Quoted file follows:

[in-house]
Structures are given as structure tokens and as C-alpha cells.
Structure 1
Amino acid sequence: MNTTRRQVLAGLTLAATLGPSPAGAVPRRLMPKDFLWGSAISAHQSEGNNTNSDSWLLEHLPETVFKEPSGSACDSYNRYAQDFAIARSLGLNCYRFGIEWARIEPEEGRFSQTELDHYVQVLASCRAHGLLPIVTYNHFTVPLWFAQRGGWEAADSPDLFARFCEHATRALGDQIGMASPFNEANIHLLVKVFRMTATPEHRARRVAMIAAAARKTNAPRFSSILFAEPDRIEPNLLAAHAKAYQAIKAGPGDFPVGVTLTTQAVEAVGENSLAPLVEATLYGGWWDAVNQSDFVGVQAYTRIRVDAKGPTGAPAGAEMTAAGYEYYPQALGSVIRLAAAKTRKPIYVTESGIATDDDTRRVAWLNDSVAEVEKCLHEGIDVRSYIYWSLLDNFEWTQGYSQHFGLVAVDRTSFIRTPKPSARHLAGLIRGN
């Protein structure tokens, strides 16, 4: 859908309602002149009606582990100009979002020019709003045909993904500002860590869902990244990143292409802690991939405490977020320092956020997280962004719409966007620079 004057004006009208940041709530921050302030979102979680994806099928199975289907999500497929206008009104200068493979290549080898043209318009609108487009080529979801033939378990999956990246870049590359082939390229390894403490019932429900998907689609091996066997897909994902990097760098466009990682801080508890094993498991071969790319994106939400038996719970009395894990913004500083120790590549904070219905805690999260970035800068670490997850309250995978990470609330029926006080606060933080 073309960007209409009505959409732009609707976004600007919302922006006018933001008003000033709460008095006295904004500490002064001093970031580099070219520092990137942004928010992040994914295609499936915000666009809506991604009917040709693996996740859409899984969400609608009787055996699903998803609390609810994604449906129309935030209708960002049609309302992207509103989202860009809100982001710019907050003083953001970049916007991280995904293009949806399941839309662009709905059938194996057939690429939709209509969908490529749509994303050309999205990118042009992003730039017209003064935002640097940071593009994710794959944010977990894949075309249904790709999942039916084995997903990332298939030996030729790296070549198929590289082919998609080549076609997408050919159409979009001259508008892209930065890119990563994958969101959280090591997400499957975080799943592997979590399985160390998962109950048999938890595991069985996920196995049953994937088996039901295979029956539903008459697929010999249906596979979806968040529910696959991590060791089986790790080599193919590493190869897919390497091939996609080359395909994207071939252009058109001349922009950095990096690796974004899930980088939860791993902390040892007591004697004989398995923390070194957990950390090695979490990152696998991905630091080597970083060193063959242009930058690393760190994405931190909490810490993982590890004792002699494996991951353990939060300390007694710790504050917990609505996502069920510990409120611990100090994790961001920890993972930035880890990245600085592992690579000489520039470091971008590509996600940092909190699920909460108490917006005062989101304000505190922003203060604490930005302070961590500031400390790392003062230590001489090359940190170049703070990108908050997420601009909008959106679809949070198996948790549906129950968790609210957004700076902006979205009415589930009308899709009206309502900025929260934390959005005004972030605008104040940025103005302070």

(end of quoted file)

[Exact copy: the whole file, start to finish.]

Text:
[in-house]
Structures are given as structure tokens and as C-alpha cells.
Structure 1
Amino acid sequence: MNTTRRQVLAGLTLAATLGPSPAGAVPRRLMPKDFLWGSAISAHQSEGNNTNSDSWLLEHLPETVFKEPSGSACDSYNRYAQDFAIARSLGLNCYRFGIEWARIEPEEGRFSQTELDHYVQVLASCRAHGLLPIVTYNHFTVPLWFAQRGGWEAADSPDLFARFCEHATRALGDQIGMASPFNEANIHLLVKVFRMTATPEHRARRVAMIAAAARKTNAPRFSSILFAEPDRIEPNLLAAHAKAYQAIKAGPGDFPVGVTLTTQAVEAVGENSLAPLVEATLYGGWWDAVNQSDFVGVQAYTRIRVDAKGPTGAPAGAEMTAAGYEYYPQALGSVIRLAAAKTRKPIYVTESGIATDDDTRRVAWLNDSVAEVEKCLHEGIDVRSYIYWSLLDNFEWTQGYSQHFGLVAVDRTSFIRTPKPSARHLAGLIRGN
């Protein structure tokens, strides 16, 4: 859908309602002149009606582990100009979002020019709003045909993904500002860590869902990244990143292409802690991939405490977020320092956020997280962004719409966007620079 004057004006009208940041709530921050302030979102979680994806099928199975289907999500497929206008009104200068493979290549080898043209318009609108487009080529979801033939378990999956990246870049590359082939390229390894403490019932429900998907689609091996066997897909994902990097760098466009990682801080508890094993498991071969790319994106939400038996719970009395894990913004500083120790590549904070219905805690999260970035800068670490997850309250995978990470609330029926006080606060933080 073309960007209409009505959409732009609707976004600007919302922006006018933001008003000033709460008095006295904004500490002064001093970031580099070219520092990137942004928010992040994914295609499936915000666009809506991604009917040709693996996740859409899984969400609608009787055996699903998803609390609810994604449906129309935030209708960002049609309302992207509103989202860009809100982001710019907050003083953001970049916007991280995904293009949806399941839309662009709905059938194996057939690429939709209509969908490529749509994303050309999205990118042009992003730039017209003064935002640097940071593009994710794959944010977990894949075309249904790709999942039916084995997903990332298939030996030729790296070549198929590289082919998609080549076609997408050919159409979009001259508008892209930065890119990563994958969101959280090591997400499957975080799943592997979590399985160390998962109950048999938890595991069985996920196995049953994937088996039901295979029956539903008459697929010999249906596979979806968040529910696959991590060791089986790790080599193919590493190869897919390497091939996609080359395909994207071939252009058109001349922009950095990096690796974004899930980088939860791993902390040892007591004697004989398995923390070194957990950390090695979490990152696998991905630091080597970083060193063959242009930058690393760190994405931190909490810490993982590890004792002699494996991951353990939060300390007694710790504050917990609505996502069920510990409120611990100090994790961001920890993972930035880890990245600085592992690579000489520039470091971008590509996600940092909190699920909460108490917006005062989101304000505190922003203060604490930005302070961590500031400390790392003062230590001489090359940190170049703070990108908050997420601009909008959106679809949070198996948790549906129950968790609210957004700076902006979205009415589930009308899709009206309502900025929260934390959005005004972030605008104040940025103005302070």